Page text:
Amazon has publicly laid out diversity goals aimed at making the company look more like society as a whole, including increasing the number of women in senior technical jobs and doubling the number of high-level Black employees. Meanwhile, Walmart Inc.’s efforts to increase racial diversity in its senior ranks are wavering, new data on slowing promotion rates for Black workers show.

(Bloomberg)—Three of every five workers Amazon.com Inc. added to its rolls in the U.S. during the year ended October 2020 were people of color in laborer jobs, suggesting the company weathered the pandemic’s surge in online shopping thanks to members of racial groups that are underrepresented in the retailer’s corporate ranks.

The statistics come from reports for 2020 and 2019 that Amazon provided the government, which were posted Wednesday on the company’s workforce data web page. Employers are required annually to submit that data, which breaks down their U.S. workforce by racial and gender groups and standardized job categories, to the federal Equal Employment Opportunity Commission.

In the past two years, Amazon has publicly laid out diversity goals aimed at making the company look more like society as a whole, including increasing the number of women in senior technical jobs and doubling the number of high-level Black employees. The company is also facing several lawsuits from women who have alleged harassment, discrimination and retaliation. Amazon has denied wrongdoing.

The Seattle-based ecommerce giant employed about 379,000 more people in the U.S. in October 2020 than it did a year earlier, according to the reports. Some of that figure likely reflects regular hiring, but the time period also coincides with a few highly publicized hiring surges in Amazon’s logistics ranks as the company sought to keep up with overwhelming demand from newly homebound shoppers.

Black, Hispanic, Asian, and other minority “Laborers & Helpers” accounted for 61% of the additional employees, the data show. Advocates for better racial and gender representation in corporate America have pushed for companies to proactively release that data. Amazon previously made public some of the forms, known as EEO-1, but stopped the practice after data covering 2016. Since then, the company has added almost 800,000 U.S. employees, becoming the second largest U.S. employer after Walmart Inc., which has pledged to make public its EEO-1. Amazon has also periodically posted workforce demographic data using its own categories for employees.

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The federal data show Amazon is far more diverse in its warehouses than the technologists, product designers, and other professionals in its corporate ranks, where the vast majority of employees identify as White or of Asian descent. Black employees in 2020 accounted for about a third of Amazon’s employees in the “Laborers & Helpers” category, but 11% of managers, and 3.6% of executives.

Still, the latter figures represent an increase from 2019. People of color accounted for 42% of the additions to Amazon’s executive ranks in 2020.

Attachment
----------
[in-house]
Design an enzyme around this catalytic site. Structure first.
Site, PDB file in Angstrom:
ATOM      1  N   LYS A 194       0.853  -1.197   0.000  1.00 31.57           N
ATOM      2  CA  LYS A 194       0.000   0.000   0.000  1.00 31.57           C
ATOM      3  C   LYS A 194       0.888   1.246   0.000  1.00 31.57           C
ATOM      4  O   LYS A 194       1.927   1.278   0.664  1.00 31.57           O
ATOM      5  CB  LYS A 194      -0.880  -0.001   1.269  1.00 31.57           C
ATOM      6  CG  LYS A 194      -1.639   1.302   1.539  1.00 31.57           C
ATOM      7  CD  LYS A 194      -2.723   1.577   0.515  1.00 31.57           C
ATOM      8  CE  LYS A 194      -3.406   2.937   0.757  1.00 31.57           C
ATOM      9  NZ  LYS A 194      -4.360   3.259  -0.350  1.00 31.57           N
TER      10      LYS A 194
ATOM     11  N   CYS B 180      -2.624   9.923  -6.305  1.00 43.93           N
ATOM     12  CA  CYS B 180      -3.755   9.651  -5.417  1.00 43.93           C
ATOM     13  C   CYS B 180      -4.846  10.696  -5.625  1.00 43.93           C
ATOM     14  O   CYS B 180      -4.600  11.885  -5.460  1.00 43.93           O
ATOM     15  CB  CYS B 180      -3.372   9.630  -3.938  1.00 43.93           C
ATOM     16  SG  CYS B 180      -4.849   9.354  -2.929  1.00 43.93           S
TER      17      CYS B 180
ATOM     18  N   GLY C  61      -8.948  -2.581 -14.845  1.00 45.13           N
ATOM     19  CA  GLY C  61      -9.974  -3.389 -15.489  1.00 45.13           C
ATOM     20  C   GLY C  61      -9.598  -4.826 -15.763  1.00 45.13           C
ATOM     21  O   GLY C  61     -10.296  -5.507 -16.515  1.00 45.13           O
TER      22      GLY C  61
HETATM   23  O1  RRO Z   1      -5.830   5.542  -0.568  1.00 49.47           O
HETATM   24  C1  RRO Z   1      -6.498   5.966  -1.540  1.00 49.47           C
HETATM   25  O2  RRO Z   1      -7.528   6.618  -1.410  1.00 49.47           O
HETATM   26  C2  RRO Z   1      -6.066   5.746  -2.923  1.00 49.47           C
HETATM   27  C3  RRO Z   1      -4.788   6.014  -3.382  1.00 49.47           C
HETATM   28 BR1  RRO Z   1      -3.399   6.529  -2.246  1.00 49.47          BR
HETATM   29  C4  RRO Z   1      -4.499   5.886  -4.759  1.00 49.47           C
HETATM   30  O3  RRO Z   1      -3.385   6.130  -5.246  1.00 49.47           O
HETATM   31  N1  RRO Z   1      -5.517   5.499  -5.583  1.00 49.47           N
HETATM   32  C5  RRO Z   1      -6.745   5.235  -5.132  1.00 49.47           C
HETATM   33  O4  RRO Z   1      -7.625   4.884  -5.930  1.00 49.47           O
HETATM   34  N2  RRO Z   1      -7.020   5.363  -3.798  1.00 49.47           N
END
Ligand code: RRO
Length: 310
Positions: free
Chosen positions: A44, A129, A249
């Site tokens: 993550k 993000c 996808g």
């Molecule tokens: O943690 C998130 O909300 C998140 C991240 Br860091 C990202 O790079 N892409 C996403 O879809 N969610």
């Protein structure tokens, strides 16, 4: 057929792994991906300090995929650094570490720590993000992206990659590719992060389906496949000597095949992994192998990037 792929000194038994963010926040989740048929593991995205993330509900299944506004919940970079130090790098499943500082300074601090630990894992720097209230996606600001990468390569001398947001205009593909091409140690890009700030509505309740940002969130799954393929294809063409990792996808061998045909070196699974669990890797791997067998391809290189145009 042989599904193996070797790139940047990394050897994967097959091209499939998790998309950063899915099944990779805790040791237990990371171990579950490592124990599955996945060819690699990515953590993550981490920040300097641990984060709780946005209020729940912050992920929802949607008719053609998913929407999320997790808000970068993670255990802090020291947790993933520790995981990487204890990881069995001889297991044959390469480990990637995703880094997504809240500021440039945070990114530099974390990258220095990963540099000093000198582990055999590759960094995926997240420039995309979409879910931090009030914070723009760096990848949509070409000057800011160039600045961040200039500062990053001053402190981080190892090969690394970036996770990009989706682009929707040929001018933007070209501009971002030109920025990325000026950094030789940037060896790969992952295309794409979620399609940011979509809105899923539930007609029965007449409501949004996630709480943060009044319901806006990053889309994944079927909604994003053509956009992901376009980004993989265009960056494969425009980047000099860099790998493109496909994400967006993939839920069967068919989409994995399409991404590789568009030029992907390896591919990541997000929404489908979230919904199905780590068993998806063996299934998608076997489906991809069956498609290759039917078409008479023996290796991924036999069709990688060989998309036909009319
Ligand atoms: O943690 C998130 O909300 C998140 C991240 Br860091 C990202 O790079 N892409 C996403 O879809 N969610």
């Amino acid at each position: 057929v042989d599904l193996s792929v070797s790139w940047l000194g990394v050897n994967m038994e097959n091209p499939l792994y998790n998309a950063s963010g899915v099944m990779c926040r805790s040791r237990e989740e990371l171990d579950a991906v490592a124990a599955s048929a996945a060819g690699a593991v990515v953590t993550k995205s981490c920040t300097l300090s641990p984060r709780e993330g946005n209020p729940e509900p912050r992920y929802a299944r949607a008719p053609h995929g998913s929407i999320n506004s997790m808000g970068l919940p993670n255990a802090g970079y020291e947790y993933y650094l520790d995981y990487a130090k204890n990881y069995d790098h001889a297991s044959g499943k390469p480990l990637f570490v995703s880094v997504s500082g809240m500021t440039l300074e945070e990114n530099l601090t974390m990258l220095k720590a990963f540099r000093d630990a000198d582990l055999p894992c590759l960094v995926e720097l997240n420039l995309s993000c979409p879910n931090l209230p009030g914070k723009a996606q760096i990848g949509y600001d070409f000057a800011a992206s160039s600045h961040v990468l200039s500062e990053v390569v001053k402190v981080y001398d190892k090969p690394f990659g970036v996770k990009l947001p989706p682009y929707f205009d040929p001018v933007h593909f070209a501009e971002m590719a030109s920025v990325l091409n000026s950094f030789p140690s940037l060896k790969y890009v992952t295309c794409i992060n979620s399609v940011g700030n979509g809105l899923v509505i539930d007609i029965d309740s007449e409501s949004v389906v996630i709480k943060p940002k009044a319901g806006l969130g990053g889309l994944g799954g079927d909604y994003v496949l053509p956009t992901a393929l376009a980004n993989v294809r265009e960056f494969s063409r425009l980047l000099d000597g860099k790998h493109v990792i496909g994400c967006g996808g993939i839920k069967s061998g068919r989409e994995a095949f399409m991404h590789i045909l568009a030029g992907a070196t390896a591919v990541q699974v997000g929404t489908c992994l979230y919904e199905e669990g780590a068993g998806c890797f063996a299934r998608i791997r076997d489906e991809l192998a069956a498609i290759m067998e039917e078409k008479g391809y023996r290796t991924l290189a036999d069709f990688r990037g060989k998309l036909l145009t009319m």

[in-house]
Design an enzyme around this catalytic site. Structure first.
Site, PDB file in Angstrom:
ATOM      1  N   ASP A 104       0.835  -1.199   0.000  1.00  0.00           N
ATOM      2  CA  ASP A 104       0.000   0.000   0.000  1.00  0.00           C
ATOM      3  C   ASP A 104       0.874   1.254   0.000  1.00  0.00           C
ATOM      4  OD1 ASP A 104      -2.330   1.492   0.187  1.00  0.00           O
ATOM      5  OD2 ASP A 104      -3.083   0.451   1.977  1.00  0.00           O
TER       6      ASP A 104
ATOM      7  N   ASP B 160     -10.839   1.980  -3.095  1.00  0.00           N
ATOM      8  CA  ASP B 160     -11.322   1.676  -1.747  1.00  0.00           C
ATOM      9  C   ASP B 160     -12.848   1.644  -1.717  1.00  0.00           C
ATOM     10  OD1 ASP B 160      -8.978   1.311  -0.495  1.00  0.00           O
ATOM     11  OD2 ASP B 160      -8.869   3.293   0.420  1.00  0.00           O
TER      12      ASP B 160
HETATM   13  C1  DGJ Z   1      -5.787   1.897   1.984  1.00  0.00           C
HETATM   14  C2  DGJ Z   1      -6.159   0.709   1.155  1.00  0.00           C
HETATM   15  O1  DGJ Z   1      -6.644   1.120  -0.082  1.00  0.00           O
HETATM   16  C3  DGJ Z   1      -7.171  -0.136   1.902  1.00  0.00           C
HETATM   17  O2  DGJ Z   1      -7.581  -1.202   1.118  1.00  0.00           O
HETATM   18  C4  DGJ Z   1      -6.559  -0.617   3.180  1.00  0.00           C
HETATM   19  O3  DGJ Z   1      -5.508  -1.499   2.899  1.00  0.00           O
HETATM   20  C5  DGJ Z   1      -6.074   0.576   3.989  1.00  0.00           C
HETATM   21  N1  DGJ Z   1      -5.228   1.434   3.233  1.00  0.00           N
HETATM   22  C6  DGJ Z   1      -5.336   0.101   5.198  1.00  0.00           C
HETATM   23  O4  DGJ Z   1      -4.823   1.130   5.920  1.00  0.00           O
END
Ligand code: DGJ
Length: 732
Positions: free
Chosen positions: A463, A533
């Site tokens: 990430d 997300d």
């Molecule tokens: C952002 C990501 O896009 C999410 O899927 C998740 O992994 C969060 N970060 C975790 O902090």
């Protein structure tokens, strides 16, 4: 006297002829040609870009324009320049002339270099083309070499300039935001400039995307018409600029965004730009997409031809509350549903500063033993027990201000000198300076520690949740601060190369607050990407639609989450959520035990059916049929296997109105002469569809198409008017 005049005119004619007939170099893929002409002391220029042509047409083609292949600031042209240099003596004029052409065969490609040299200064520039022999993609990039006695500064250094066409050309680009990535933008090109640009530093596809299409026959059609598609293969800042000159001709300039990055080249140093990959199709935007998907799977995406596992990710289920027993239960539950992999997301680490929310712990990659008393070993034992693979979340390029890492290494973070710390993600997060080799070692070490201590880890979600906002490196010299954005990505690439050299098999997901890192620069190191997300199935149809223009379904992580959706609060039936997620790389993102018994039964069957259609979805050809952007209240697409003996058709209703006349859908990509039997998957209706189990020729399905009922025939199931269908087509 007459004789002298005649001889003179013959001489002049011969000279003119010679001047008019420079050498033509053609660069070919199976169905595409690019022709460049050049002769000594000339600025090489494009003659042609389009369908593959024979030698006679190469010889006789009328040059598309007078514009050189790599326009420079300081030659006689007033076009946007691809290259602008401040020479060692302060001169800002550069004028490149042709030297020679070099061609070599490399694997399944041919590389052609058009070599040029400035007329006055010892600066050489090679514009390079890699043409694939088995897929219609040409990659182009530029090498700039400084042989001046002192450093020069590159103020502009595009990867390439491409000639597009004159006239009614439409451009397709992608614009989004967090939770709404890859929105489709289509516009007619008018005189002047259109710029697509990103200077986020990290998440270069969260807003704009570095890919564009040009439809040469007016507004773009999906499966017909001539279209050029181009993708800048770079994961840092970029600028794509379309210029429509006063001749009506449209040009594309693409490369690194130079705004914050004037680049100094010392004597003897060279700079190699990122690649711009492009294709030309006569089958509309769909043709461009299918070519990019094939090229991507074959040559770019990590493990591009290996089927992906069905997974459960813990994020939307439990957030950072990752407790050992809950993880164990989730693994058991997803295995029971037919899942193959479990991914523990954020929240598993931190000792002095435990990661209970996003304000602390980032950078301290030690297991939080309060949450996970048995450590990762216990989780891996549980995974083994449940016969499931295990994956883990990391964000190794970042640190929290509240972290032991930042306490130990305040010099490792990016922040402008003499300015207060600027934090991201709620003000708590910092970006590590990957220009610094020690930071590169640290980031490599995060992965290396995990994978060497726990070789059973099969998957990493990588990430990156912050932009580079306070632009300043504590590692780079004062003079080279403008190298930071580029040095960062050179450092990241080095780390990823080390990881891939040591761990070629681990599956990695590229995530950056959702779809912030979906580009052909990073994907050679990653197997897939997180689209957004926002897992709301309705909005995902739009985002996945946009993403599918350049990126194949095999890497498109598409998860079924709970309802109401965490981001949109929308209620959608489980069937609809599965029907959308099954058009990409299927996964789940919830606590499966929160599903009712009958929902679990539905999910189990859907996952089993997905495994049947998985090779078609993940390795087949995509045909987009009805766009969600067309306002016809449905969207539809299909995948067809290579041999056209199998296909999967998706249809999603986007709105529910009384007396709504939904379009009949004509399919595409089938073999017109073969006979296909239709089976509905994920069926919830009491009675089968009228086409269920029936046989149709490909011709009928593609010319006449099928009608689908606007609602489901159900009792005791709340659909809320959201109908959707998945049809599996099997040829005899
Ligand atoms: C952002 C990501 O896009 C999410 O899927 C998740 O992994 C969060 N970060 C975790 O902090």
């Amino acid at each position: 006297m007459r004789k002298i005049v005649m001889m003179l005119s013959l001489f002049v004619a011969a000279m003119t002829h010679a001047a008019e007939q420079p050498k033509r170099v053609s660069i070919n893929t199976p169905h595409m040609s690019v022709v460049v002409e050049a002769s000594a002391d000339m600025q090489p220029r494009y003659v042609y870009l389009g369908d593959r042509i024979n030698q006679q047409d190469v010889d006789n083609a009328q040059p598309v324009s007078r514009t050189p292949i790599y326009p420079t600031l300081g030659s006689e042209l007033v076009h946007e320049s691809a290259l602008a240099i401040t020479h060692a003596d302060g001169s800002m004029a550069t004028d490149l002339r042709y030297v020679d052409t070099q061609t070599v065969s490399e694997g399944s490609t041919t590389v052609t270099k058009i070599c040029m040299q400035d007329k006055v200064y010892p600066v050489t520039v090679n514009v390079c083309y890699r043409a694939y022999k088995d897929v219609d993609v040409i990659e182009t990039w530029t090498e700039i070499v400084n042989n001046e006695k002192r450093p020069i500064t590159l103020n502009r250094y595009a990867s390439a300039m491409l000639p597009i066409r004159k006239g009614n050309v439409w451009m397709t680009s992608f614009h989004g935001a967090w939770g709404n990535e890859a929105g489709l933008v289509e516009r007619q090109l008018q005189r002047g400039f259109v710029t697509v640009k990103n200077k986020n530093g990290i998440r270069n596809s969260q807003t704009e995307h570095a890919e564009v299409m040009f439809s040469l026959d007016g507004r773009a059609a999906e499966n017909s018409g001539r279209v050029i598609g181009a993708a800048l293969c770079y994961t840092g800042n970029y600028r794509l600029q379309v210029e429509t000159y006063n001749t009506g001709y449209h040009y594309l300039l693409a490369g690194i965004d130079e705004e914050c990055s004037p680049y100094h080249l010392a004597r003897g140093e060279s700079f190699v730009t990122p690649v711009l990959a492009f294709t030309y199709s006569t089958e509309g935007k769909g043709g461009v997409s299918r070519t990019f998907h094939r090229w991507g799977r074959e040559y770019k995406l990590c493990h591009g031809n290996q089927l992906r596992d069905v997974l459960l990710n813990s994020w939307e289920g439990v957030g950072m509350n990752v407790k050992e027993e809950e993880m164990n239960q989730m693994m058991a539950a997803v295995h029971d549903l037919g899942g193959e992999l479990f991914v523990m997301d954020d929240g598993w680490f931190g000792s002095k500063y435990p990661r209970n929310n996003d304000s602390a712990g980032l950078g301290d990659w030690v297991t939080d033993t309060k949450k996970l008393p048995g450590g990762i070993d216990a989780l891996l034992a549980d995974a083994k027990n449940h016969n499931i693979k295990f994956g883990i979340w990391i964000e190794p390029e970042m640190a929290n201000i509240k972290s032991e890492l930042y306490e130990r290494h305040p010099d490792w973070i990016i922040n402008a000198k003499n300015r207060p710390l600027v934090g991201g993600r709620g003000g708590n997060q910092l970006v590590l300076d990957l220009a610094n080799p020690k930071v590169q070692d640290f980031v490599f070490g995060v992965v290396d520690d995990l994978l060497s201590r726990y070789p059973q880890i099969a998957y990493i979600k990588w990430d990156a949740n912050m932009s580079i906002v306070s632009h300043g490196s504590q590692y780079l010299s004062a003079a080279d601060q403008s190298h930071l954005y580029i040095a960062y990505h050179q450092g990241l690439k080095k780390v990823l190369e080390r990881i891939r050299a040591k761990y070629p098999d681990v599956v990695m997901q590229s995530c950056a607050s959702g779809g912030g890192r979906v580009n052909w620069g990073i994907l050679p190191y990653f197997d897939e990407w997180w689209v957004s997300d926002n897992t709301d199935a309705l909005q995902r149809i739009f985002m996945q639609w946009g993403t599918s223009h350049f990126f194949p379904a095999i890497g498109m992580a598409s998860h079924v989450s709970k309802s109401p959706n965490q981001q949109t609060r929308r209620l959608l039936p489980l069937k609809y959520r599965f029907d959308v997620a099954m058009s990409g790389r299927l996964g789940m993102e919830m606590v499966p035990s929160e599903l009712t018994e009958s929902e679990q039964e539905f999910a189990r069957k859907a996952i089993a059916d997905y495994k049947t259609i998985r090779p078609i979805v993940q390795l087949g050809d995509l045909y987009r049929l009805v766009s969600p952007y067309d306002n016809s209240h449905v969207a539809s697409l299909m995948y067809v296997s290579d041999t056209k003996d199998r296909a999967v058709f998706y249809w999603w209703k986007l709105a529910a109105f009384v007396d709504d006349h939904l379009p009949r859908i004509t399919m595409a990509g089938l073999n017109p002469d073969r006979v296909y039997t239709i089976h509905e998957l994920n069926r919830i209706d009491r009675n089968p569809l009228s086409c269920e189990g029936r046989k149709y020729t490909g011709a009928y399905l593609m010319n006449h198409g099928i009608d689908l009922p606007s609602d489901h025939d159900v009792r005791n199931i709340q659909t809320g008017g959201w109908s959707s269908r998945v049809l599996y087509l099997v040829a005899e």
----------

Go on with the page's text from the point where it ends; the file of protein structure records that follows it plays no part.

Women made up about 46% of Amazon’s total U.S. workforce in 2020, including about 29% of people in Amazon’s managerial and executive ranks.

Amazon, No. 1 in the 2021 Digital Commerce 360 Top 1000, last year told New York City’s Comptroller that it would release its EEO-1 form, one among dozens of companies that agreed to greater transparency following a pressure campaign by the office that oversees the city’s pension funds.

Walmart management promotions for black employees have slowed

Walmart Inc.’s (No. 2) efforts to increase racial diversity in its senior ranks are wavering, new data on slowing promotion rates for Black workers show.

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The nation’s biggest private employer said African American and Black employees made up 13.5% of U.S. promotions in the first half of this fiscal year, according to a midyear diversity report released Friday. That’s down from 14.1% at the end of last year and 17.2% at the midpoint of 2020. The figure includes those elevated from hourly jobs into management, as well as managers promoted into more senior positions.

The decline illustrates the challenges Black employees continue to experience when trying to move up the corporate ladder, despite widespread pledges to address racial inequities made in the wake of George Floyd’s murder last year.

Unlike other big U.S. companies, Walmart has not announced specific targets for representation of women or minorities in its senior ranks. The retailer has set aside $100 million to create a center on racial equity and has enhanced its disclosure of diversity statistics, which now come out twice a year.

“While we are encouraged by the growth of our Black and African American representation across our leadership team, we recognize that we are on a journey and have more work to do,” Walmart spokeswoman Melissa Hill said.

In an internal survey late last year, some high-ranking Black managers at Walmart said career advancement is difficult at the retail chain and they wouldn’t recommend working there. A majority of those surveyed gave mediocre rankings for career satisfaction.

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Despite Black employees receiving a lower proportion of promotions, the share of Walmart company officers—those at the vice president level or above—who identify as African American or Black rose to 9.1% from 6.9% a year ago. Black workers made up 28.7% of all new hires in the U.S., up slightly from a year ago.

Data for the share of total management promotions received by Black employees weren’t disclosed by Walmart in 2019 or prior years. Walmart also revealed that the average age of its 1.5 million-person U.S. workforce is 38 years old, and about 30% of that group is 24 or younger.

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